Anthrocide is the official website for D.L. Hamilton, author of several Christian novels and essays.

Archive for February, 2009

On Coaches…

The position of head coach (“manager” in baseball) for a sports team is a peculiar one. No matter how good the coach, the team must have talented players but a coach can make a significant difference. It has been said that a great manager in baseball will maybe win a half-dozen games for a team over a 162 game schedule and a bad one lose about that many. However, I think a truly incompetent manager can have a greater negative impact than that because the aura of losing becomes a self-fulfilling prophecy. Nevertheless, the impact of the head guy in baseball is not as significant as it may be in the other sports, specifically football where the right or wrong approach to the game and/or playbook can make a team of just above-average players either champions or underachieving losers. In general, though, for the four major sports, coaches are generally responsible for:

    A. Team Chemistry. The coach must create team cohesiveness that enables a group of individuals to work together as a unit. This is a bit less significant in baseball since there is frequently only one player from the team on offense involved at one time. But in sports like basketball and hockey, team chemistry is essential.

    B. Work and Discipline. The coach must establish when and how much the team will practice, make sure the players maintain conditioning and their focus, and handle problems with and among the players. He establishes how stringent or lax the rules are and whether or not star players get special treatment. He may also be a teacher, although this is less true in the Pro’s.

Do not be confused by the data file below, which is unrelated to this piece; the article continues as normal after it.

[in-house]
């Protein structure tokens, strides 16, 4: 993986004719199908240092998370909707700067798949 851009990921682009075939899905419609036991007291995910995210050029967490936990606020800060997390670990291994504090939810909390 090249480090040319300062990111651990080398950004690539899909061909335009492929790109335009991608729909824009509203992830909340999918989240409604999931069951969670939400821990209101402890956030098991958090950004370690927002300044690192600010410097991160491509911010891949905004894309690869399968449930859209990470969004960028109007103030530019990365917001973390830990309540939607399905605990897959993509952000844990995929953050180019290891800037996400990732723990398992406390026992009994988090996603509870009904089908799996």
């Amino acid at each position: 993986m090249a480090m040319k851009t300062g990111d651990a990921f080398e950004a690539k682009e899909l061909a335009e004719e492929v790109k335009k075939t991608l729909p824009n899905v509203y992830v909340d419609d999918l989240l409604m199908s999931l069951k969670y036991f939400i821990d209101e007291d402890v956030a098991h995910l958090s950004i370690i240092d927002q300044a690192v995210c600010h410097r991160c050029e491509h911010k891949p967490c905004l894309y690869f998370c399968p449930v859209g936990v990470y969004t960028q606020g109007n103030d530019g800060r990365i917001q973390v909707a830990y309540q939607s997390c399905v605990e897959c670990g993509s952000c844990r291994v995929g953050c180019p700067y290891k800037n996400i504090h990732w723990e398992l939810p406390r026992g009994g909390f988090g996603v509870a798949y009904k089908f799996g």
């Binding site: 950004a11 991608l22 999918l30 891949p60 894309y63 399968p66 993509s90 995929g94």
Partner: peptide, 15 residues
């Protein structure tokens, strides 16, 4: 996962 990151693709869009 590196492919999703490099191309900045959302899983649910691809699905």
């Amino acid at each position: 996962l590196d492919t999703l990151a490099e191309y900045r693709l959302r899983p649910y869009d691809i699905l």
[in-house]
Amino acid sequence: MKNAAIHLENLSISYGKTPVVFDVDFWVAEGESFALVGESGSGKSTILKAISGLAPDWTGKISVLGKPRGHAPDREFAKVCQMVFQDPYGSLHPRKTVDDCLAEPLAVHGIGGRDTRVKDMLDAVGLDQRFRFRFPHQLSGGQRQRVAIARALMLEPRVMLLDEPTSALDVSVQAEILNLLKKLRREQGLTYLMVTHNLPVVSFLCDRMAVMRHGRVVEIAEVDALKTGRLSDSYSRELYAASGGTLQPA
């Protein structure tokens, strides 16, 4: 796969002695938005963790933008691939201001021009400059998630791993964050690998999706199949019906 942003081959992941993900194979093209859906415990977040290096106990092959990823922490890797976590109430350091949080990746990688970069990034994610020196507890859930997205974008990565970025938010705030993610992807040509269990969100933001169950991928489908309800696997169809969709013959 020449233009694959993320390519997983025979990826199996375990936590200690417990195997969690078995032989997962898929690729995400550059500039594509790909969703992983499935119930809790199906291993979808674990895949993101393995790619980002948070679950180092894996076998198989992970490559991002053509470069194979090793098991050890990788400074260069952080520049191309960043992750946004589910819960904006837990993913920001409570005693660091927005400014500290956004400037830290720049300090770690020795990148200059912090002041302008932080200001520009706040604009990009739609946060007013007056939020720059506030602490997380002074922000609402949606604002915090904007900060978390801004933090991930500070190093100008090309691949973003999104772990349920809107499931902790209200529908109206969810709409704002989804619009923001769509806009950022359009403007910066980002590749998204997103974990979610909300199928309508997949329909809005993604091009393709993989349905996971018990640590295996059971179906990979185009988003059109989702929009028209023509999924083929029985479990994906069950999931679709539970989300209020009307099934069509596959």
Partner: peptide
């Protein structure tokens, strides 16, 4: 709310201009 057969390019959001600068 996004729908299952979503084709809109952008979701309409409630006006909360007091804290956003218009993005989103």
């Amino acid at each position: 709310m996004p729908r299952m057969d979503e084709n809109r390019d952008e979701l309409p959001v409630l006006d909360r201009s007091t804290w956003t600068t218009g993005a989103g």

C. Philosophy. Will this team focus primarily on offense or defense? Will it look for the quick strike, run-and-gun, or use a patient, opportunistic approach. How much are the players expected to decide on their own and how much will the coach control from the bench?

    D. Motivation. Players need someone in charge who can build a fire under them, help them recharge their batteries over a long season, and calm them down when things are too tense. While locker-room leadership from players is important, this falls primarily to the coach.

    E. Strategy. In football and basketball these are the plays the team has in its playbook on offense and the defensive coverages that they plan to use. In hockey there is a basic method of play the coach establishes and there may be nuances based on the opponent’s personnel and mode of play. In baseball it would involve how they plan to pitch to each opposing player, what each batter can expect from the opponent’s pitcher, and the positioning of fielders. In all cases it involves who starts and who gets how much playing time.

    F. Tactics or “Game Management.” Finally, the coach determines what happens while the game unfolds. Substitutions, what play to call or pitch to throw, time management, and what adjustments to make to offset what the opposition is doing are all parts of game tactics.

Having established these, let me assess the coaches of my favorite teams. They are:

MLB – SF Giants, Bruce Bochy
NCAA Basketball – MIZZOU Tigers, Mike Anderson
NCAA Football – MIZZOU Tigers, Gary Pinkel
NFL – SF 49ers, Mike Singletary
NHL – San Jose Sharks, Todd McLellan
And I just can’t generate much of a rooting interest in the NBA.